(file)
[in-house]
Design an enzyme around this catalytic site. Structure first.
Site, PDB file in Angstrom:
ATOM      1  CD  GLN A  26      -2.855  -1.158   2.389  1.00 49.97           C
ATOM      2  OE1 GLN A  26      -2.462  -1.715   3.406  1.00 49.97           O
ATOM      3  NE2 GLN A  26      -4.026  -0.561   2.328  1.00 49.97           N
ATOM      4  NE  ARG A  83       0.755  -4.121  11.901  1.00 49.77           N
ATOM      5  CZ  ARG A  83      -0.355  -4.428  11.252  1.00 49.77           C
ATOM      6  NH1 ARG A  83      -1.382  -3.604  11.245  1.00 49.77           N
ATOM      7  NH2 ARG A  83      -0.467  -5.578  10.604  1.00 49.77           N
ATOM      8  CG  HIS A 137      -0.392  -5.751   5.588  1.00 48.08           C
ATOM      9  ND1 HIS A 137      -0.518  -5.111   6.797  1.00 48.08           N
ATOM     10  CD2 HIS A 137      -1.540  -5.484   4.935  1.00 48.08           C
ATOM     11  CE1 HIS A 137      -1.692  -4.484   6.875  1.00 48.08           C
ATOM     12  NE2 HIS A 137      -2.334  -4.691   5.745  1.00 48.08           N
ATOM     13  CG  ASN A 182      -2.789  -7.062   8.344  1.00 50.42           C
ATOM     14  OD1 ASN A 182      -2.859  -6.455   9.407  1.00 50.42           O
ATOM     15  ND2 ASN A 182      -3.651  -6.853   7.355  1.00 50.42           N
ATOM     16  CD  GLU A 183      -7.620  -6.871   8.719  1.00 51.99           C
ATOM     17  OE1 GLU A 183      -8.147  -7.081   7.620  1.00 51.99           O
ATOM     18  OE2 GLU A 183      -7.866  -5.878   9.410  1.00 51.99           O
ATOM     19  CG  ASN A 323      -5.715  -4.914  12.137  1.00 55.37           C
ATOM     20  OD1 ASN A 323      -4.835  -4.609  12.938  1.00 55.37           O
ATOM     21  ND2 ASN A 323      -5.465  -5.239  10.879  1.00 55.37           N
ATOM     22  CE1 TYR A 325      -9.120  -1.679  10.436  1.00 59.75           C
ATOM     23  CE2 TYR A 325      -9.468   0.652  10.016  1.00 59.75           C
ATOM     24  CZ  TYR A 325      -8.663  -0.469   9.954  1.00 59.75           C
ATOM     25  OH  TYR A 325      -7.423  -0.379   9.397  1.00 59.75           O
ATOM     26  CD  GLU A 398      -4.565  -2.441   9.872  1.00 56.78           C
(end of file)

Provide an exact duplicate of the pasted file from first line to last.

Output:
[in-house]
Design an enzyme around this catalytic site. Structure first.
Site, PDB file in Angstrom:
ATOM      1  CD  GLN A  26      -2.855  -1.158   2.389  1.00 49.97           C
ATOM      2  OE1 GLN A  26      -2.462  -1.715   3.406  1.00 49.97           O
ATOM      3  NE2 GLN A  26      -4.026  -0.561   2.328  1.00 49.97           N
ATOM      4  NE  ARG A  83       0.755  -4.121  11.901  1.00 49.77           N
ATOM      5  CZ  ARG A  83      -0.355  -4.428  11.252  1.00 49.77           C
ATOM      6  NH1 ARG A  83      -1.382  -3.604  11.245  1.00 49.77           N
ATOM      7  NH2 ARG A  83      -0.467  -5.578  10.604  1.00 49.77           N
ATOM      8  CG  HIS A 137      -0.392  -5.751   5.588  1.00 48.08           C
ATOM      9  ND1 HIS A 137      -0.518  -5.111   6.797  1.00 48.08           N
ATOM     10  CD2 HIS A 137      -1.540  -5.484   4.935  1.00 48.08           C
ATOM     11  CE1 HIS A 137      -1.692  -4.484   6.875  1.00 48.08           C
ATOM     12  NE2 HIS A 137      -2.334  -4.691   5.745  1.00 48.08           N
ATOM     13  CG  ASN A 182      -2.789  -7.062   8.344  1.00 50.42           C
ATOM     14  OD1 ASN A 182      -2.859  -6.455   9.407  1.00 50.42           O
ATOM     15  ND2 ASN A 182      -3.651  -6.853   7.355  1.00 50.42           N
ATOM     16  CD  GLU A 183      -7.620  -6.871   8.719  1.00 51.99           C
ATOM     17  OE1 GLU A 183      -8.147  -7.081   7.620  1.00 51.99           O
ATOM     18  OE2 GLU A 183      -7.866  -5.878   9.410  1.00 51.99           O
ATOM     19  CG  ASN A 323      -5.715  -4.914  12.137  1.00 55.37           C
ATOM     20  OD1 ASN A 323      -4.835  -4.609  12.938  1.00 55.37           O
ATOM     21  ND2 ASN A 323      -5.465  -5.239  10.879  1.00 55.37           N
ATOM     22  CE1 TYR A 325      -9.120  -1.679  10.436  1.00 59.75           C
ATOM     23  CE2 TYR A 325      -9.468   0.652  10.016  1.00 59.75           C
ATOM     24  CZ  TYR A 325      -8.663  -0.469   9.954  1.00 59.75           C
ATOM     25  OH  TYR A 325      -7.423  -0.379   9.397  1.00 59.75           O
ATOM     26  CD  GLU A 398      -4.565  -2.441   9.872  1.00 56.78           C